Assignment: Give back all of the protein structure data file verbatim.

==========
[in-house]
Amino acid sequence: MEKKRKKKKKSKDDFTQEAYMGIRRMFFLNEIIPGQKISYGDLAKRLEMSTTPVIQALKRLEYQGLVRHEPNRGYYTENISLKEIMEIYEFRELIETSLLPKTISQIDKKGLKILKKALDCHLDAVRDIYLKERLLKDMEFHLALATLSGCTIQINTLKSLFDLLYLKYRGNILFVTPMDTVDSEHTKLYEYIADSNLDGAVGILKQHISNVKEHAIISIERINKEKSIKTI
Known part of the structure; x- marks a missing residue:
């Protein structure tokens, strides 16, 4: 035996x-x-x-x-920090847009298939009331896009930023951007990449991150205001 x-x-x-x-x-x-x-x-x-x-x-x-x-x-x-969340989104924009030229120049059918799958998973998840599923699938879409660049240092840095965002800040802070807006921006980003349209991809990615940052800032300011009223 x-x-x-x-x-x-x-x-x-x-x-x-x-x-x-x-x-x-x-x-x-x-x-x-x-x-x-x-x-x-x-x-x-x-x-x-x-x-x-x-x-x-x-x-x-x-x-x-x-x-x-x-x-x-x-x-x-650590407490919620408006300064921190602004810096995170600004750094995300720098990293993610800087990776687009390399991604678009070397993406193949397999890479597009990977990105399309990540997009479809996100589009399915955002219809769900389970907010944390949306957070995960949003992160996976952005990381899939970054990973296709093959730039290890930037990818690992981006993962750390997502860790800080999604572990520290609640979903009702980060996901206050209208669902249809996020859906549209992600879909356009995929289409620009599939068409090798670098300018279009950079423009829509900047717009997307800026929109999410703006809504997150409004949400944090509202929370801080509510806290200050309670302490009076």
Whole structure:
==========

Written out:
[in-house]
Amino acid sequence: MEKKRKKKKKSKDDFTQEAYMGIRRMFFLNEIIPGQKISYGDLAKRLEMSTTPVIQALKRLEYQGLVRHEPNRGYYTENISLKEIMEIYEFRELIETSLLPKTISQIDKKGLKILKKALDCHLDAVRDIYLKERLLKDMEFHLALATLSGCTIQINTLKSLFDLLYLKYRGNILFVTPMDTVDSEHTKLYEYIADSNLDGAVGILKQHISNVKEHAIISIERINKEKSIKTI
Known part of the structure; x- marks a missing residue:
């Protein structure tokens, strides 16, 4: 035996x-x-x-x-920090847009298939009331896009930023951007990449991150205001 x-x-x-x-x-x-x-x-x-x-x-x-x-x-x-969340989104924009030229120049059918799958998973998840599923699938879409660049240092840095965002800040802070807006921006980003349209991809990615940052800032300011009223 x-x-x-x-x-x-x-x-x-x-x-x-x-x-x-x-x-x-x-x-x-x-x-x-x-x-x-x-x-x-x-x-x-x-x-x-x-x-x-x-x-x-x-x-x-x-x-x-x-x-x-x-x-x-x-x-x-650590407490919620408006300064921190602004810096995170600004750094995300720098990293993610800087990776687009390399991604678009070397993406193949397999890479597009990977990105399309990540997009479809996100589009399915955002219809769900389970907010944390949306957070995960949003992160996976952005990381899939970054990973296709093959730039290890930037990818690992981006993962750390997502860790800080999604572990520290609640979903009702980060996901206050209208669902249809996020859906549209992600879909356009995929289409620009599939068409090798670098300018279009950079423009829509900047717009997307800026929109999410703006809504997150409004949400944090509202929370801080509510806290200050309670302490009076």
Whole structure: